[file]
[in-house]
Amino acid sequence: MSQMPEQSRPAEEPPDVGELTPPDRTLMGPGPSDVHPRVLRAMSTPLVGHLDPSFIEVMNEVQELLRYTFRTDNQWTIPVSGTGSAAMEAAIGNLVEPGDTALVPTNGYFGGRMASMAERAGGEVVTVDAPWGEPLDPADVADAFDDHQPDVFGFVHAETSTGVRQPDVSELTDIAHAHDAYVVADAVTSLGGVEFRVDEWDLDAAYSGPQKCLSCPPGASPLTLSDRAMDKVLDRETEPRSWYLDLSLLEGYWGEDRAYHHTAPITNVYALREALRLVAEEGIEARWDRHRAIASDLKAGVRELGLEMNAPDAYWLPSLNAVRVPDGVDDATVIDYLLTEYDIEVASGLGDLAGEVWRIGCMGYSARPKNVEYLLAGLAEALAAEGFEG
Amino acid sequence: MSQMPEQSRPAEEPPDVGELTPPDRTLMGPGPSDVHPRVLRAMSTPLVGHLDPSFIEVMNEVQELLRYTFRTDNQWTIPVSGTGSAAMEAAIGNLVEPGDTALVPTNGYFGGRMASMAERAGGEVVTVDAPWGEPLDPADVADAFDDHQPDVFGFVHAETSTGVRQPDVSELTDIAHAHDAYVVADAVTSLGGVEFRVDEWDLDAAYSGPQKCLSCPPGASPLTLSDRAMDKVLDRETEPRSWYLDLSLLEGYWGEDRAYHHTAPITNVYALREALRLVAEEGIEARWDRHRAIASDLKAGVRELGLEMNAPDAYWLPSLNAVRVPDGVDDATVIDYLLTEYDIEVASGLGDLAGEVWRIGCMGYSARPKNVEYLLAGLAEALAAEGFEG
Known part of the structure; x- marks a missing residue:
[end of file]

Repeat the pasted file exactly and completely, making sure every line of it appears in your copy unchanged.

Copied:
[in-house]
Amino acid sequence: MSQMPEQSRPAEEPPDVGELTPPDRTLMGPGPSDVHPRVLRAMSTPLVGHLDPSFIEVMNEVQELLRYTFRTDNQWTIPVSGTGSAAMEAAIGNLVEPGDTALVPTNGYFGGRMASMAERAGGEVVTVDAPWGEPLDPADVADAFDDHQPDVFGFVHAETSTGVRQPDVSELTDIAHAHDAYVVADAVTSLGGVEFRVDEWDLDAAYSGPQKCLSCPPGASPLTLSDRAMDKVLDRETEPRSWYLDLSLLEGYWGEDRAYHHTAPITNVYALREALRLVAEEGIEARWDRHRAIASDLKAGVRELGLEMNAPDAYWLPSLNAVRVPDGVDDATVIDYLLTEYDIEVASGLGDLAGEVWRIGCMGYSARPKNVEYLLAGLAEALAAEGFEG
Amino acid sequence: MSQMPEQSRPAEEPPDVGELTPPDRTLMGPGPSDVHPRVLRAMSTPLVGHLDPSFIEVMNEVQELLRYTFRTDNQWTIPVSGTGSAAMEAAIGNLVEPGDTALVPTNGYFGGRMASMAERAGGEVVTVDAPWGEPLDPADVADAFDDHQPDVFGFVHAETSTGVRQPDVSELTDIAHAHDAYVVADAVTSLGGVEFRVDEWDLDAAYSGPQKCLSCPPGASPLTLSDRAMDKVLDRETEPRSWYLDLSLLEGYWGEDRAYHHTAPITNVYALREALRLVAEEGIEARWDRHRAIASDLKAGVRELGLEMNAPDAYWLPSLNAVRVPDGVDDATVIDYLLTEYDIEVASGLGDLAGEVWRIGCMGYSARPKNVEYLLAGLAEALAAEGFEG
Known part of the structure; x- marks a missing residue: